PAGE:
The Aging of a Writer’s Mind

If you knew me a long time ago, or even just a few years ago, believe it when I say that I am different now. In a lot of ways I’m the same, because most people are pretty much who they are in certain, fundamental ways from a very young age. Maybe even the moment they’re born. However, then there’s life, which tends to happen to everyone, and some of us end up being different than how we were, or how we thought we would be.

Generally, people change a bit over time. It’s what they call “growing up” and it sucks.

When I was a very young writer — you know, like 8, 10, 14… — I had so much creative energy. Writing came easily, and although I didn’t really write anything I would call publishable, it was really good for my age. I think of it as developing my craft, so that fact that I’m never going to make money off the stuff I wrote then doesn’t matter.

 

I can’t say how long exactly, but it’s been such a long time since I had a story in me that I just HAD to write down. It comes once in a while for little ideas, images or just some way of phrasing an obvious aspect of life that seems too important not to put into the world (although I rarely find that the pieces I like best are the ones anyone else really responds to). Those are generally things that I put onto this site as flash pieces. But stories that have a full plot and a length that allows readers to delve into them have not leaped out of me with the wild abandon they used to for quite a while.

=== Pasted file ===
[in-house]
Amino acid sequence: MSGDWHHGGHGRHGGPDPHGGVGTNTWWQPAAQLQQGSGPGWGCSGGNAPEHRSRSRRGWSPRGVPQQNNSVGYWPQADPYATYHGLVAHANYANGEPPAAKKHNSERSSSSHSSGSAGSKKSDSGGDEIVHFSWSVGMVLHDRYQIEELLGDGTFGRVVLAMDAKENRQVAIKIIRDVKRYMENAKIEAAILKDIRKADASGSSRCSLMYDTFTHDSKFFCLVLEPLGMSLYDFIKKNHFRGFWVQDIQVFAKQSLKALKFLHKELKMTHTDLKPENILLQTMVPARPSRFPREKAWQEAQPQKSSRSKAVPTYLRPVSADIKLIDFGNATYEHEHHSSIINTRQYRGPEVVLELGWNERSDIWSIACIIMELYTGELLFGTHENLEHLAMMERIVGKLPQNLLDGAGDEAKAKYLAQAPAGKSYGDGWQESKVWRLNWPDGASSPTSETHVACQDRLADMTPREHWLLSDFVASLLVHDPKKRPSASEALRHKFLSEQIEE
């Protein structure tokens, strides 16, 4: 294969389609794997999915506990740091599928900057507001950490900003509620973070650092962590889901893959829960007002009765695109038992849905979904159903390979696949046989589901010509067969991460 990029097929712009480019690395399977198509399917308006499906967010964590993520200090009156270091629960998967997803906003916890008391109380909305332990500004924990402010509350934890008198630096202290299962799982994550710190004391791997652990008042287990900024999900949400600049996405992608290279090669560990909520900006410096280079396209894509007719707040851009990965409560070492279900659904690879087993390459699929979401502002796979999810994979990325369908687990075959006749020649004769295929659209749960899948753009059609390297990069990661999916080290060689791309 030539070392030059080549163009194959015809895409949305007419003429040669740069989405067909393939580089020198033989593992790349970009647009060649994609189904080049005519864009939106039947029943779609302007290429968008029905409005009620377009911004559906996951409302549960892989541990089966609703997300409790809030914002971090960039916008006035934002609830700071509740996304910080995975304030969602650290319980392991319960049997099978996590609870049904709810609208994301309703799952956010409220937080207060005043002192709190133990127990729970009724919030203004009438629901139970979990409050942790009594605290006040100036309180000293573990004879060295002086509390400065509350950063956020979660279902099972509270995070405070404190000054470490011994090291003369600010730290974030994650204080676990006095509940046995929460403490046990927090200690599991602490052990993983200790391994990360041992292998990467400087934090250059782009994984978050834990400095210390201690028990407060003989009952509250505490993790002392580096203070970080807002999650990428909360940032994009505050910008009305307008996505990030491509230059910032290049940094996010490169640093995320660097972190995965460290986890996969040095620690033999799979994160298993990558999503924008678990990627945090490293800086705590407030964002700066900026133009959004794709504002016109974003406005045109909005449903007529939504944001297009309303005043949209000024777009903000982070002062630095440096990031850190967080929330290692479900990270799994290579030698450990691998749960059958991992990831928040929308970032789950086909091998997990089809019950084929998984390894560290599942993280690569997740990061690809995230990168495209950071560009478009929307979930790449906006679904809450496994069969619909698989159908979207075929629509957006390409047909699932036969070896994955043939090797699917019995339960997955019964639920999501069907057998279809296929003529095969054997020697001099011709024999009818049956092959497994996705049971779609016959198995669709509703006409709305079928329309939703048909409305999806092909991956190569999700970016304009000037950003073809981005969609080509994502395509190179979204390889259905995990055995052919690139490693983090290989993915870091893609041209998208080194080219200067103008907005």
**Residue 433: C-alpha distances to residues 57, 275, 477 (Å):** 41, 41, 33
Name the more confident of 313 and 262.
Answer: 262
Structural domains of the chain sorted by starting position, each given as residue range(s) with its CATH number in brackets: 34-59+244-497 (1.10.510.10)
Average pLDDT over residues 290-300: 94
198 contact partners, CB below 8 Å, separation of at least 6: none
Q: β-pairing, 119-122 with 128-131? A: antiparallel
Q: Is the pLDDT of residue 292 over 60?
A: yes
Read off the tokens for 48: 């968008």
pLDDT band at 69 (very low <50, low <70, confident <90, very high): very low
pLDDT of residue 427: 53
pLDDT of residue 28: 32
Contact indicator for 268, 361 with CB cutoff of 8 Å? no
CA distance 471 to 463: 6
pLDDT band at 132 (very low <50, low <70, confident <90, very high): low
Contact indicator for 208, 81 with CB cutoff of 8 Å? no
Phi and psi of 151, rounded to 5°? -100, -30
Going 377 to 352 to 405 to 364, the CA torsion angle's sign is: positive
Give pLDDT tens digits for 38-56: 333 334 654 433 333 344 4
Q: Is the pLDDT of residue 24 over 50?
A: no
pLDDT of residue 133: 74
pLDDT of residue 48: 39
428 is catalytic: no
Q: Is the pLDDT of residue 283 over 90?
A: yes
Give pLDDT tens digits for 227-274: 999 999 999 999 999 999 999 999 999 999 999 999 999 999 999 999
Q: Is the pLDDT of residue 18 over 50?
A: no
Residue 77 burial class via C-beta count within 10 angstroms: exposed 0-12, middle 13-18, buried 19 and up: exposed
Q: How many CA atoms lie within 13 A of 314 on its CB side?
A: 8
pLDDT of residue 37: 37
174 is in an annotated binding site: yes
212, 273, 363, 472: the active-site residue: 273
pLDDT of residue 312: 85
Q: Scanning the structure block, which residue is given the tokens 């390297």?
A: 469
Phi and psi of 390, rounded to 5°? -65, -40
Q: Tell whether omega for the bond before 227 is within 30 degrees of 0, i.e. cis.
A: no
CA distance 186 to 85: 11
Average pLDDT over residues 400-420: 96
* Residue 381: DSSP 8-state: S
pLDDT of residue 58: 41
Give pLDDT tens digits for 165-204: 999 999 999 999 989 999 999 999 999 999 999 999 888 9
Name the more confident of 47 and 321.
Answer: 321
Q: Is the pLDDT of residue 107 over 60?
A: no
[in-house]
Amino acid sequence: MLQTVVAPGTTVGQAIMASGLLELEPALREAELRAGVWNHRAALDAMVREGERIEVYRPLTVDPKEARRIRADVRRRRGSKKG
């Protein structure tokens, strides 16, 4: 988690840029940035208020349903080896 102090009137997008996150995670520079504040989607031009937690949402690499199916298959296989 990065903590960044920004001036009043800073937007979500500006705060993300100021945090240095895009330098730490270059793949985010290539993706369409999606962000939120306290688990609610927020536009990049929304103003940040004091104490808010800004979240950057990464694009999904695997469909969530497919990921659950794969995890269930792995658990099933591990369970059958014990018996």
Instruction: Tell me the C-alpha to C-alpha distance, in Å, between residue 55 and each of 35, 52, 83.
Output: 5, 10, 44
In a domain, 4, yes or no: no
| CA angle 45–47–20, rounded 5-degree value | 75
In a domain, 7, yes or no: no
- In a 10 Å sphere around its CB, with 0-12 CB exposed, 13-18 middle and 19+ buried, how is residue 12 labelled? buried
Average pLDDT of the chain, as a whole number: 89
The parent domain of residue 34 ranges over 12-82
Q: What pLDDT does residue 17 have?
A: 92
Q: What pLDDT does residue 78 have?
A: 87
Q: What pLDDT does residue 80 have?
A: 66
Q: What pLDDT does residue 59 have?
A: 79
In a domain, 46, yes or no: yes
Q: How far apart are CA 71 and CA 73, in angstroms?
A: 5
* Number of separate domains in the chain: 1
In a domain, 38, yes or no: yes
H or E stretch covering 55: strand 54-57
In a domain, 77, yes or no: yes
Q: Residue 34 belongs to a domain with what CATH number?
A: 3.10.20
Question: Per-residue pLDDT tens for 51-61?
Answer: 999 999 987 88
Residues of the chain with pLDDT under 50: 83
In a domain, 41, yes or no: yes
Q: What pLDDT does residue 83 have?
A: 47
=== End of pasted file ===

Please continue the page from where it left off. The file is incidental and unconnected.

I have all sorts of theories about why that is. I don’t know what’s the truth, so I don’t really want to ramble on about that. But when I look at how I used to write, with certainty and energy and the ability to immerse myself in the work, versus the current habits of letting a story sit for years that could be written in a week, wondering if it’ll be worth it, never being able to fully picture the world of my characters, it seems a lot like a side effect of growing up.

While I was thinking about this stupid, stupid fact, I first dubbed it the “maturation of my writing mind.” I immediately decided that didn’t sound right. My writing skills are undoubtedly better now than they were when I was 10, but would I really consider this state now “mature” in comparison to the mindset that allowed me to write without forcing myself to sit down at a keyboard? No. I really wouldn’t. If I had been actively writing all this time, then I could think of the development as maturation. It’s not the case.

 

I haven’t been growing more mature, just growing older. It’s funny, because I used to be very mature for my age. I think I’ve actually regressed in that department.

At the moment I’m trying really hard to motivate myself, to improve all aspects of my life, including writing. I have no idea how that will go. Stick around; maybe I’ll have some good news in a few months…

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8 thoughts on “The Aging of a Writer’s Mind

  1. Maybe it’s fear? Of failing? When you were younger, you probably weren’t thinking about writing something because you were hoping (expecting?) that it would be published, or maybe you did think about it a little, but it wasn’t your primary concern. You just wrote for the enjoyment it brought you. But, maybe now, you are thinking and worrying too much about its publishability. Just a thought.

    Good luck with getting back your creative energy, though. I think you do have talent. I just really like novels and longer works, so I don’t read or respond to flash fiction that much. Sorry.

  2. Perhaps it’s not the age. Its the responsibilities, the stress, the fast paced life we need to cope up with to live in the society. If we there was a way to just “pause” the life for sometime, enjoy the beauty that is around us, and then “play” it again, the world in general would have been a better place. πŸ™‚

  3. I know how you feel – now I have to find the motivation to write. When I was younger I didn’t have to think about it – writing was just a part of my day to day.
    Hang in there πŸ™‚

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